I’ve been taking improv comedy classes for a few months, and I love it.
Improv brings with it a bunch of benefits.
- You learn to think on your feet.
- You learn to make your partners look good.
- You add to the ideas of others rather than forcing your own.
- You learn to collaborate and trust other people.
- You get comfortable with public speaking and performing.
- You learn to listen rather than wait for your turn to speak.
Those are wonderful skills to work on and great reasons to take an improv class. But they’re not why I’m doing improv. I just want to goof off and have fun.
But there’s something about adulthood where I feel the need to justify it through “personal development.”
If you’re like me, you probably struggle with just having fun for the hell of it. I feel guilty if I spend too much of a Saturday playing video games because of all the “productive” things I could have done instead.
Tell someone you play basketball, and they’ll say, “That’s good cardio!” but rarely, “That sounds like fun!” They’re subconsciously repeating the cultural narrative where our activities have some greater purpose.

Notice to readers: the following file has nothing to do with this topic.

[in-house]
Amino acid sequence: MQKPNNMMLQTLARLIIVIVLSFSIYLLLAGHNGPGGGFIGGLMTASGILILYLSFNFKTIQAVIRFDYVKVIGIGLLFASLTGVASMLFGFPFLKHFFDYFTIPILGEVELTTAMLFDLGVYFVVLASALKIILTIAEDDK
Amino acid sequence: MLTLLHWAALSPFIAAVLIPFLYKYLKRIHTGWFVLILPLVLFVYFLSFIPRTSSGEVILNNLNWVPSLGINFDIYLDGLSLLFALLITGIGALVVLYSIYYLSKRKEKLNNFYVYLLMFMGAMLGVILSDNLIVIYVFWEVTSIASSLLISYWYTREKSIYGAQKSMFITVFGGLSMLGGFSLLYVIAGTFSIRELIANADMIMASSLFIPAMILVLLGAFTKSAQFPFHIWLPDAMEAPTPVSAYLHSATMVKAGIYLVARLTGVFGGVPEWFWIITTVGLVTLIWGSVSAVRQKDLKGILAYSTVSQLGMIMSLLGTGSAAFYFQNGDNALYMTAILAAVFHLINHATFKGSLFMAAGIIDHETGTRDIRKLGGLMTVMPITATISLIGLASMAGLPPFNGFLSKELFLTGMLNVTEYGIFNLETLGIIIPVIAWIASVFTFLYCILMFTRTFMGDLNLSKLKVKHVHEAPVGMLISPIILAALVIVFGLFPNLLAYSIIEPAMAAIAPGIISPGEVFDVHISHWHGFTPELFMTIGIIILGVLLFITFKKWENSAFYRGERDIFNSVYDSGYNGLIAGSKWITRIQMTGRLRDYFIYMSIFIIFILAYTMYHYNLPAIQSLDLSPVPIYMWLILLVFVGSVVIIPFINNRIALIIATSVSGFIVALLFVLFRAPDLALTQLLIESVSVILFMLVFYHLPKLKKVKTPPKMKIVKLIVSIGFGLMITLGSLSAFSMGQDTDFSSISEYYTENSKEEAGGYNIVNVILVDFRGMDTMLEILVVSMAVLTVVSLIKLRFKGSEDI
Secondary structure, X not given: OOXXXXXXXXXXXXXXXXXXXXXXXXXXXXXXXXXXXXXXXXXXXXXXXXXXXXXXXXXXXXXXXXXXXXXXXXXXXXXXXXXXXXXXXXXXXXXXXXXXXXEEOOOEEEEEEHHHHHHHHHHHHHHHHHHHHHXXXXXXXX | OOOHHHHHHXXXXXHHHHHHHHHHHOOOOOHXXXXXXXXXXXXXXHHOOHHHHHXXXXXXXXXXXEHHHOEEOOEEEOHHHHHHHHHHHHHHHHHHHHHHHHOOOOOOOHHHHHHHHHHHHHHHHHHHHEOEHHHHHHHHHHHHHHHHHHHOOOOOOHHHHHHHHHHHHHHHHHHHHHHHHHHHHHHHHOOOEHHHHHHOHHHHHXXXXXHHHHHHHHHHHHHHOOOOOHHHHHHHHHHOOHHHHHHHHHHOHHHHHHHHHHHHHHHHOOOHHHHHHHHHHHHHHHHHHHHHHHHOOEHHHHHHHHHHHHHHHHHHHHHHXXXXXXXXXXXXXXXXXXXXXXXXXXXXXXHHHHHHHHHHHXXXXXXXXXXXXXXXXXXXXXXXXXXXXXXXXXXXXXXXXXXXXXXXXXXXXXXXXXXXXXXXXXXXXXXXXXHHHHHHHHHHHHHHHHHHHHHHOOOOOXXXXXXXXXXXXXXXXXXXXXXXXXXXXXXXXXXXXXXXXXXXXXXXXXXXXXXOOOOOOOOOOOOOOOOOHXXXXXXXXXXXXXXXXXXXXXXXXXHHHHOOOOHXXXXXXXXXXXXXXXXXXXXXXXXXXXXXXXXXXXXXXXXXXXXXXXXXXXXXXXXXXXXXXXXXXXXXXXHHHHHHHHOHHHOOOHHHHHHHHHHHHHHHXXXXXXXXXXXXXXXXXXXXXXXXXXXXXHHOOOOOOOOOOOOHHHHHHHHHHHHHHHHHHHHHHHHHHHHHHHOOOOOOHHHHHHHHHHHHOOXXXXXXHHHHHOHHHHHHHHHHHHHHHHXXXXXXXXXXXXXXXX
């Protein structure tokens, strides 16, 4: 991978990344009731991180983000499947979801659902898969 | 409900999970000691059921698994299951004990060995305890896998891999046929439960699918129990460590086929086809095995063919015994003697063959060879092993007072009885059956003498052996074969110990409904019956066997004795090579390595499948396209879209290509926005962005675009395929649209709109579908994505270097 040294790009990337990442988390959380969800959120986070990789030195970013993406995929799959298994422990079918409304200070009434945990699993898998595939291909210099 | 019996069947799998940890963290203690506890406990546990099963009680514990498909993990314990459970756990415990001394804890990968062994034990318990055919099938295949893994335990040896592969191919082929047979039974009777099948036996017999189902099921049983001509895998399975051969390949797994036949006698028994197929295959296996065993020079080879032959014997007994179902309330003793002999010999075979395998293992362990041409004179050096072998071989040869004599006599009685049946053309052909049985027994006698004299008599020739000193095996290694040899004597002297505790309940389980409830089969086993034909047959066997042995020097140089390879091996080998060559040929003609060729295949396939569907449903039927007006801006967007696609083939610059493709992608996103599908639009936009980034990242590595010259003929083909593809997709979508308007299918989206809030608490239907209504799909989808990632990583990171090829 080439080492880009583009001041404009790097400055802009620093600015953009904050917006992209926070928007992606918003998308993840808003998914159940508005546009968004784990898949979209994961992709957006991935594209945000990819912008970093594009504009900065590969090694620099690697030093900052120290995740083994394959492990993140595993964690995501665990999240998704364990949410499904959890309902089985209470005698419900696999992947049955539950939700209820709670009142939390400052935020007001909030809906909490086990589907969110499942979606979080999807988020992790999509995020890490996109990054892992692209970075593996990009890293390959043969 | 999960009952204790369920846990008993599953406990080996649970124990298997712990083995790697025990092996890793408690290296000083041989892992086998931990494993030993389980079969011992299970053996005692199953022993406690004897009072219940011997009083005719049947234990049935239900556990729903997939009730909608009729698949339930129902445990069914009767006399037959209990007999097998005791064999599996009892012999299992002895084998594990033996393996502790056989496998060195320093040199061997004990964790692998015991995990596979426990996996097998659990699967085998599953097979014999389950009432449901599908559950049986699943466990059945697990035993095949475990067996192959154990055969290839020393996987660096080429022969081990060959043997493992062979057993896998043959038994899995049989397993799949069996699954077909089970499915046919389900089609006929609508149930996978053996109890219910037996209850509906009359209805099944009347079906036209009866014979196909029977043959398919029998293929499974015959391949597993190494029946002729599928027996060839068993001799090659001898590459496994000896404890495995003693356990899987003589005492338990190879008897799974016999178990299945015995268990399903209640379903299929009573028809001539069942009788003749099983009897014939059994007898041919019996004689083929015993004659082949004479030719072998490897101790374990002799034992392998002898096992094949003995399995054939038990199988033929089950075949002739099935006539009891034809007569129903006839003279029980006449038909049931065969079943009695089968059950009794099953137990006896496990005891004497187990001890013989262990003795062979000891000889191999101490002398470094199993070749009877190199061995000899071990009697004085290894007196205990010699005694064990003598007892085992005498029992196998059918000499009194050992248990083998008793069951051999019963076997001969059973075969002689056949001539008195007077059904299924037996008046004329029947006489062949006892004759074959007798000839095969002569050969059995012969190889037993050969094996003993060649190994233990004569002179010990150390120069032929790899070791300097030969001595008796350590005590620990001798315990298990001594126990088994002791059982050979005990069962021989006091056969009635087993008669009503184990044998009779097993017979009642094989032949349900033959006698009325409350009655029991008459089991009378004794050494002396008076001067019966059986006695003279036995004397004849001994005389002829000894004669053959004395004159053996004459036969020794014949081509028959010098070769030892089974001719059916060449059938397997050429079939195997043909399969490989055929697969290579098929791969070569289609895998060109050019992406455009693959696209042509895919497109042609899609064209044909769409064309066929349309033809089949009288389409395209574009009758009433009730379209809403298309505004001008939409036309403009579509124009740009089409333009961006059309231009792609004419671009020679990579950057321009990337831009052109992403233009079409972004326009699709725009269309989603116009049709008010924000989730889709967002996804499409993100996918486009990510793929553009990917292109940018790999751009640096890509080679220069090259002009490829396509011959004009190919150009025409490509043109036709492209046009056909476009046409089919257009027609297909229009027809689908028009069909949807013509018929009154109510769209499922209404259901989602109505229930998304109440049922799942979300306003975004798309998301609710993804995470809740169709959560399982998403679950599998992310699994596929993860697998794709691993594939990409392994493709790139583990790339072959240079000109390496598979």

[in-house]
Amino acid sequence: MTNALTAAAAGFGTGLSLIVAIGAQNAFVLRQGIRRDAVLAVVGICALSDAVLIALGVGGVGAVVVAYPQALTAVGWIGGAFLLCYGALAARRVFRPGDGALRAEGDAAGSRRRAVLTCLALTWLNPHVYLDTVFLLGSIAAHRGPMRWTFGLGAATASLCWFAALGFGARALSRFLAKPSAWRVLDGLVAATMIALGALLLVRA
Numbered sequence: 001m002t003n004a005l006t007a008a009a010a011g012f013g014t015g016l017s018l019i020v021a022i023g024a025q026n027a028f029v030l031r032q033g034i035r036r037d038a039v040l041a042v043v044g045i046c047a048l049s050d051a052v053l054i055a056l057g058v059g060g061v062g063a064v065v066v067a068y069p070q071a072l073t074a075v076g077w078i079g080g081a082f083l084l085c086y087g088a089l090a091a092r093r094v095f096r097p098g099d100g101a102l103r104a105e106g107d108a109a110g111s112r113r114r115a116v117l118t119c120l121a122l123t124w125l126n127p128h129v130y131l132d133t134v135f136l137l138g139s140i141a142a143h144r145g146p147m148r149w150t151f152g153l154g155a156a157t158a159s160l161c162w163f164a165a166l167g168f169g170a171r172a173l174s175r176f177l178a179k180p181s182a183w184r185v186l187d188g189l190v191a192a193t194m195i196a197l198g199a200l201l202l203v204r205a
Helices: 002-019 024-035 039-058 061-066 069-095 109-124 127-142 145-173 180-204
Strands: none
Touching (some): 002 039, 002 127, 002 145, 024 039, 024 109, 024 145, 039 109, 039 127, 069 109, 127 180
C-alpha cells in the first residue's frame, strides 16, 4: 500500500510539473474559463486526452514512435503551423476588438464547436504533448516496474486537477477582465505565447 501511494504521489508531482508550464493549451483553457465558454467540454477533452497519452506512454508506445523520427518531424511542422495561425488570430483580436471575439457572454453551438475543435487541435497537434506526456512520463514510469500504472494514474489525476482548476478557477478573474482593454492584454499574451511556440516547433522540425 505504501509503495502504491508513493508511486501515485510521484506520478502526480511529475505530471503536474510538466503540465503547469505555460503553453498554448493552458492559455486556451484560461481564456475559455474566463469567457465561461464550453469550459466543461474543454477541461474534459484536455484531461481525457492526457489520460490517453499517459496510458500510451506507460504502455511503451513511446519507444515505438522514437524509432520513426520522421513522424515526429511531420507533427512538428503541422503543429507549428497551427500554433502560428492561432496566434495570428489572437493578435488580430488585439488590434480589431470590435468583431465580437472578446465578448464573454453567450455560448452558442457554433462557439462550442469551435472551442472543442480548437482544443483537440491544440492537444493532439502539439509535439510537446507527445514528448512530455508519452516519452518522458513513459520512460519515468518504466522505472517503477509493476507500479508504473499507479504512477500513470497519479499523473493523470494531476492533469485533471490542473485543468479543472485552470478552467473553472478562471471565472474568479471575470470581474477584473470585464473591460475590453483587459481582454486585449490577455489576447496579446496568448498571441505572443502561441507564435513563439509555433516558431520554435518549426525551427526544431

But all animals, adult humans included, are hardwired to play. Research shows that play:
- Reduces stress
- Release feel-good brain chemicals
- Improves brain function
- Make you more creative
- Builds social connections
- Improves your emotional well-being
So feed that list to the part of your brain that requires justification for everything you do. Rest and play make you much more productive and happier overall.
So if you find yourself trying to justify your fun through the lens of professional development or productivity, give yourself permission to just have fun.